3) No July 4th is complete without hotdogs—New York hosts Nathan’s Famous Fourth of July International Hot Dog-Eating Contest, regarded as the “Super Bowl” of competitive eating in Coney Island.

4) Chicago gets a headstart on the festivities with the Macy’s Independence Eve Fireworks Display on July 3rd. which attracts up to a million people.

5) The largest fireworks display in Oklahoma takes place in Duck Creek. Boats and yachts parade up and down the main part of the Creek while people throw beads and dance to lively music. Over 20 vintage aircraft from the U.S. and overseas, many of which have flown combat missions, perform an air show over the water while “buzzing” the hundreds of boats below.

6) If you really want to go hog wild, try the Mud Wallowing Contest in Apple Ridge, Ohio (the pig capitol of Northern Ohio). The 4th of July tradition has participants rolling around in mud and squealing like pigs.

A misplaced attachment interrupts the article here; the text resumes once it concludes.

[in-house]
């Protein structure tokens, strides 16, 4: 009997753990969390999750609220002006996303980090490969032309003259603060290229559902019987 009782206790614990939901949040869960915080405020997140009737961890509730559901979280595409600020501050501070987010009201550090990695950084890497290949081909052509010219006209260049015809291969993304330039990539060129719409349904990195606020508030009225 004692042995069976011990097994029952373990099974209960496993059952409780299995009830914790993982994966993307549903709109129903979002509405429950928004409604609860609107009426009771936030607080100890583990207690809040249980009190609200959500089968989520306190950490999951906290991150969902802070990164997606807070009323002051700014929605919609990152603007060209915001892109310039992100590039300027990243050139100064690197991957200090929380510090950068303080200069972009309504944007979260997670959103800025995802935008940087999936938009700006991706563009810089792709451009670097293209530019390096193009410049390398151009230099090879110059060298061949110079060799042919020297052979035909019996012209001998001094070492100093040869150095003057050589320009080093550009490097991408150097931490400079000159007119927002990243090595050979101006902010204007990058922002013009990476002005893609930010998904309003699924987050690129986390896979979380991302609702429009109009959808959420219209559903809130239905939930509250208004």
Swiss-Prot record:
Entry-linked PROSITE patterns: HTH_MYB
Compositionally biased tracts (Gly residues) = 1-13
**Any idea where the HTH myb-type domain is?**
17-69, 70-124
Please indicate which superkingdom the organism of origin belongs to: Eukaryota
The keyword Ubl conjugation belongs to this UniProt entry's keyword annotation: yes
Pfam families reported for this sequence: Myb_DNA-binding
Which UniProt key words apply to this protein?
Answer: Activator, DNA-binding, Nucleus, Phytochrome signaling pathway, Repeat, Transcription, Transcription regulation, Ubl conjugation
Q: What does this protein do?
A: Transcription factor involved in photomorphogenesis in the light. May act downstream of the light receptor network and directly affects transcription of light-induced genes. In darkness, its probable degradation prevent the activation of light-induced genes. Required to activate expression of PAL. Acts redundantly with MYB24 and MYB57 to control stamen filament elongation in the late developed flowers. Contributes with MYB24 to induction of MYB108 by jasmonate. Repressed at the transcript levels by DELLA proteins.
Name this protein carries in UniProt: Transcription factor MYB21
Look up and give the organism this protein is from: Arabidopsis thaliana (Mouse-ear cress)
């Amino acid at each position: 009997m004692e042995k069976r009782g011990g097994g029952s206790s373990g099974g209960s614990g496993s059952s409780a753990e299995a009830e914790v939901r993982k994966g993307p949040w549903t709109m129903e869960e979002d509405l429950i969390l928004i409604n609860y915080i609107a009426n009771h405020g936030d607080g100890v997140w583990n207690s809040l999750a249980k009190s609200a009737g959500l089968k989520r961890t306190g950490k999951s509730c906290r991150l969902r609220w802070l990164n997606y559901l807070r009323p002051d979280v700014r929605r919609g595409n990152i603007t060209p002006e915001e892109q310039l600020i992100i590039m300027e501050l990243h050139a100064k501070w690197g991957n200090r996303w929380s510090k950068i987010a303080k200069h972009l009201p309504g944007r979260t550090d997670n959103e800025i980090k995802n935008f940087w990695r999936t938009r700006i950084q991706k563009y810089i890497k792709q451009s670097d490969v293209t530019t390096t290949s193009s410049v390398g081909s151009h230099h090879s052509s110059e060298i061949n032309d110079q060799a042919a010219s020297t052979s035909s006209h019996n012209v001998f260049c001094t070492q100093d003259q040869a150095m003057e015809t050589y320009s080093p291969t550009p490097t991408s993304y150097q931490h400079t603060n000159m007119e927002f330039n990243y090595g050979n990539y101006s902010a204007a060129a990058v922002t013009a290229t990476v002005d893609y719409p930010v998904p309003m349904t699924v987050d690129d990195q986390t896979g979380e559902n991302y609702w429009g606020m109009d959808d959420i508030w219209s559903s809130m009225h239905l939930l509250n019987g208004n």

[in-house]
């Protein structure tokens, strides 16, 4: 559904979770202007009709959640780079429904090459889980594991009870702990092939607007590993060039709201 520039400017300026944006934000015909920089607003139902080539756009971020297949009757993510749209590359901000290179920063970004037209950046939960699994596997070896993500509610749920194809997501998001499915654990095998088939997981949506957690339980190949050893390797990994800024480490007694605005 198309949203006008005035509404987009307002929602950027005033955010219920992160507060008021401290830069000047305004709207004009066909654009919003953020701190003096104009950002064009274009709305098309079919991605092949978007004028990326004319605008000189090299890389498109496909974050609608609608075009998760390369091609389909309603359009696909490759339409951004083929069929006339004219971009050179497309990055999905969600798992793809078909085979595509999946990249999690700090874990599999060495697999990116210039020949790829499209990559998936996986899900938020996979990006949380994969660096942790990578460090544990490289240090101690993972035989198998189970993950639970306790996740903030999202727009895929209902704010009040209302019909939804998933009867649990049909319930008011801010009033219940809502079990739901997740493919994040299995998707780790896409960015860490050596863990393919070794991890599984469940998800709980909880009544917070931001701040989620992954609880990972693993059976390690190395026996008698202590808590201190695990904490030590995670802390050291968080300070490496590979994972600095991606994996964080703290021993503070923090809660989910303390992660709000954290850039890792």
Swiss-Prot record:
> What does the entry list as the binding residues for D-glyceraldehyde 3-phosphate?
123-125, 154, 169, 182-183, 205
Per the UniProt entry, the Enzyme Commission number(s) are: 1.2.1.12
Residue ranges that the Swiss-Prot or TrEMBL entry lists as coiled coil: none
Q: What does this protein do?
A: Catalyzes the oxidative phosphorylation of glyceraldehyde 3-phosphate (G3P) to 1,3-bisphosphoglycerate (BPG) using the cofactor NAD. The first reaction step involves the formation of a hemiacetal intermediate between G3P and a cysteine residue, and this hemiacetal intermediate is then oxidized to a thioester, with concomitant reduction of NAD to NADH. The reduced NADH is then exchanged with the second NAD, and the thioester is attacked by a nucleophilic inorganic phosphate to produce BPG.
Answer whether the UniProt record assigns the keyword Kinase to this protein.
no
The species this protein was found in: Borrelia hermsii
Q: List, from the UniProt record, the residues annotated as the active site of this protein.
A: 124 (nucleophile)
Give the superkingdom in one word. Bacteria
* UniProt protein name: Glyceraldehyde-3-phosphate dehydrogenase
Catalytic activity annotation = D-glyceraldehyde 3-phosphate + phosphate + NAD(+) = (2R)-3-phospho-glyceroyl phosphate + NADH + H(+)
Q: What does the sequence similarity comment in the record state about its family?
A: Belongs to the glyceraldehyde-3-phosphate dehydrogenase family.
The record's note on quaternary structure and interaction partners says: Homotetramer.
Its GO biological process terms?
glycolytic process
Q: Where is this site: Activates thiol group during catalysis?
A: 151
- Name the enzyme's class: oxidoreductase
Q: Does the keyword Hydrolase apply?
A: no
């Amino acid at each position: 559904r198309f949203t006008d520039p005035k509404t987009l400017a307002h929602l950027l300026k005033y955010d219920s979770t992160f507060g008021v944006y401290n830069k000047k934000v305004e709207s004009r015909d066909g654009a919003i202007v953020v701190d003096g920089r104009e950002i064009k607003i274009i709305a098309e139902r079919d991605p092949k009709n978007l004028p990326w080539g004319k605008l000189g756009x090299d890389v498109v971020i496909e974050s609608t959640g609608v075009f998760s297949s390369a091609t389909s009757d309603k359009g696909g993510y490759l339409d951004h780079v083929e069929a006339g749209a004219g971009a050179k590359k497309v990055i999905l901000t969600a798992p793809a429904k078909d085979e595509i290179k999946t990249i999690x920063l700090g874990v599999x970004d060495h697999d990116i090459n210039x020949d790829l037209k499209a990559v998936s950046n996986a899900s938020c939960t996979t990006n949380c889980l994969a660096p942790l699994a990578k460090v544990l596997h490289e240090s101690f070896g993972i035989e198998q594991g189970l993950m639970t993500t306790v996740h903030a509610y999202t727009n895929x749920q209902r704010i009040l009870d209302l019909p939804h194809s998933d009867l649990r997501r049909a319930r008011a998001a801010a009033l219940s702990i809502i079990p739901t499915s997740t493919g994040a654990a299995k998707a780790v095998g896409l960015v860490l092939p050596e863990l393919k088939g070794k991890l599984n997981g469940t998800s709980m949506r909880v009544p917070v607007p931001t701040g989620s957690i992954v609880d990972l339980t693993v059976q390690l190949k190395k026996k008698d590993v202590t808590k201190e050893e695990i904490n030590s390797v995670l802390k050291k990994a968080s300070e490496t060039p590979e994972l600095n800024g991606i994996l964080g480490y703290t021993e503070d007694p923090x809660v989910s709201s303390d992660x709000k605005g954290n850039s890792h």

Of course, I mark every holiday with a custom imprinted gift because nothing says “America” like promoting your business. Rush Imprint has dozens of patriotic promotional products to help you celebrate the American way. So, get out there and enjoy the holiday by celebrating your own success.

Well, I’m off to marinate some steaks and read up on the grilling of veggie dogs. On this day, remember the words of Albert Camus, “Freedom is nothing else but a chance to be better.” Pretty wise words for a Frenchman.

Summer Solstice

Virgil Winston: Marketing Guru